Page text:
Empathy is not the holy grail. Everyone prefers a service experience that has it all: a good solution in a fast, personal, and empathic way. But when consumers have to choose, empathy is the least important. Speed and quality matter most.
But don't be fooled: 86% expect empathy in customer service.
If speed and quality are more important than empathy, are consumers embracing automation? Well, the data tells us UK respondents are expecting it.
64% look for a customer service set-up that allows them to solve it themselves.
Only 1 in 4 consumers are annoyed if only automated customer service is available.
67% expect to be able to reach customer service at any time of the day.
On the other hand, if you let them choose between personal support within office hours or 24/7 help from a chatbot, they prefer personal. They are even willing to wait a day to talk to a human. For younger generations, chatbot acceptance is higher. Under the age of 35, it’s almost 50/50. We didn’t say anything about the solution's effectiveness from the bot or the human agent. If the solution is the same, we expect the percentages to change.
Consumers don’t like to wait, but expectations differ per person and channel. They will reach out via multiple channels simultaneously to get a faster solution.
🔑 Transparency is key.
Consumers want to reach you anytime, anywhere, preferably with no effort. They contact you while continuing their business as usual.
🤖 Automate where possible.
Consumers expect qualitative solutions. An effective solution is more important than a fast response. Focus on resolution times instead of response times.
🚀 Focus on the right KPIs.
Fast solutions are more important than empathy. People are willing to wait for personal support rather than more compassion. All they want is a solution.
🌳 Don't beat around the bush.
Consumers choose personal support over instant responses. They'd rather wait a day for personal support than 24/7 automated replies.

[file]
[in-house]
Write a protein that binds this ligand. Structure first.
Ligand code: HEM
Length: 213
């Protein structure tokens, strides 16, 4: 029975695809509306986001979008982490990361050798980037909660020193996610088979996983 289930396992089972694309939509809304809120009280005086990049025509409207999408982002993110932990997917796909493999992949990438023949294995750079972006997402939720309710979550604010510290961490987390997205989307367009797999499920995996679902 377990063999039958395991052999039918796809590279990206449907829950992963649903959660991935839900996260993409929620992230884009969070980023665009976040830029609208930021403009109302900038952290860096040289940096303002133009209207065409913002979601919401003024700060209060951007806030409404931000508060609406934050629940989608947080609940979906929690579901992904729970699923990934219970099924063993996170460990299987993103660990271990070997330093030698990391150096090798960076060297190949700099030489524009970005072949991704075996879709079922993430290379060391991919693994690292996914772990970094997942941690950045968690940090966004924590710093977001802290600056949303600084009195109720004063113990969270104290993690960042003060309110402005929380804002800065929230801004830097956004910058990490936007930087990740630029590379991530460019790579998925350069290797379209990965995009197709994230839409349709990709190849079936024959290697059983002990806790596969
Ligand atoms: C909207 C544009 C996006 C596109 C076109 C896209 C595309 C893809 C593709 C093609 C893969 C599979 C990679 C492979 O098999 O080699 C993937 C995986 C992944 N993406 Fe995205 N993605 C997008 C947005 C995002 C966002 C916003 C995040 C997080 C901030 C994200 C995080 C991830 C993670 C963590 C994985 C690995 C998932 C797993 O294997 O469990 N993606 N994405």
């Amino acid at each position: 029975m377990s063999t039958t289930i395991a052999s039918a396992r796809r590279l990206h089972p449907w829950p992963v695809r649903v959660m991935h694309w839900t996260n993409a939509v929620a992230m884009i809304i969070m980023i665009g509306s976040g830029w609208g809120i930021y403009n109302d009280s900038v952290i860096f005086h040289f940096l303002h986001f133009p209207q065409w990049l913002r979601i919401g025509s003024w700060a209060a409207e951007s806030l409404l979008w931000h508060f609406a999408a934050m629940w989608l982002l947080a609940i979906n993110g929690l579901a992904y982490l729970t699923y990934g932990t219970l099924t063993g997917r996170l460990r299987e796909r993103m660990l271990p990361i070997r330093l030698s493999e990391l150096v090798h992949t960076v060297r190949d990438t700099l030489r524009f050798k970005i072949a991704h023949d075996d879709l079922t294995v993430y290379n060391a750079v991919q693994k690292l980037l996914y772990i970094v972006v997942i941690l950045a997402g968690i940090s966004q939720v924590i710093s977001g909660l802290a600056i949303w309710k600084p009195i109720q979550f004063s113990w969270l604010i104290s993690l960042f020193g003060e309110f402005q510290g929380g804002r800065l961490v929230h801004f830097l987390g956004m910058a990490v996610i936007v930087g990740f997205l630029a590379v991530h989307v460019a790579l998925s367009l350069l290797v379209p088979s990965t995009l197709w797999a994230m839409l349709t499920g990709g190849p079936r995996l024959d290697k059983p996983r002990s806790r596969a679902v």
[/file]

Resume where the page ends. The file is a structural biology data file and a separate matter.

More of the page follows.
✨ Add a personal touch to all conversations
Adding this up, we can conclude the order of importance:
If you think about it, all of the above items are related to valuing your customer. Ensure they get the solution they’re looking for, they feel you understand them, and you are not wasting their time.
Start focusing on your customers. Get to know them. What are their wants and needs? Why and how are they trying to reach you? And what are their expectations?
Start focusing on the right goals. Don’t focus on the response time first, but on the resolution time. Don’t focus on satisfaction, but on effort. We like Gartner’s interpretation of “effortless experiences”.
There’s no need to ‘wow’ your customers, just make life as easy as possible.
The key to delivering effortless experiences is managing expectations. Tell your audience how they can best reach you, where they can expect the fastest response and the waiting times. Help them find answers themselves. Find the right balance between human support and automation. Automate where possible and offer human contact where needed.
This research was conducted by CM.com in cooperation with the independent research agency CANDID. The online survey was carried out in October 2022, where 7078 respondents answered questions about their service interactions with businesses. All respondents were aged 18 years or older.
To represent different regions of the world, we surveyed 1000 respondents in each of seven countries, including the United Kingdom, Belgium, the United States of America, France, The Netherlands, Germany, and China.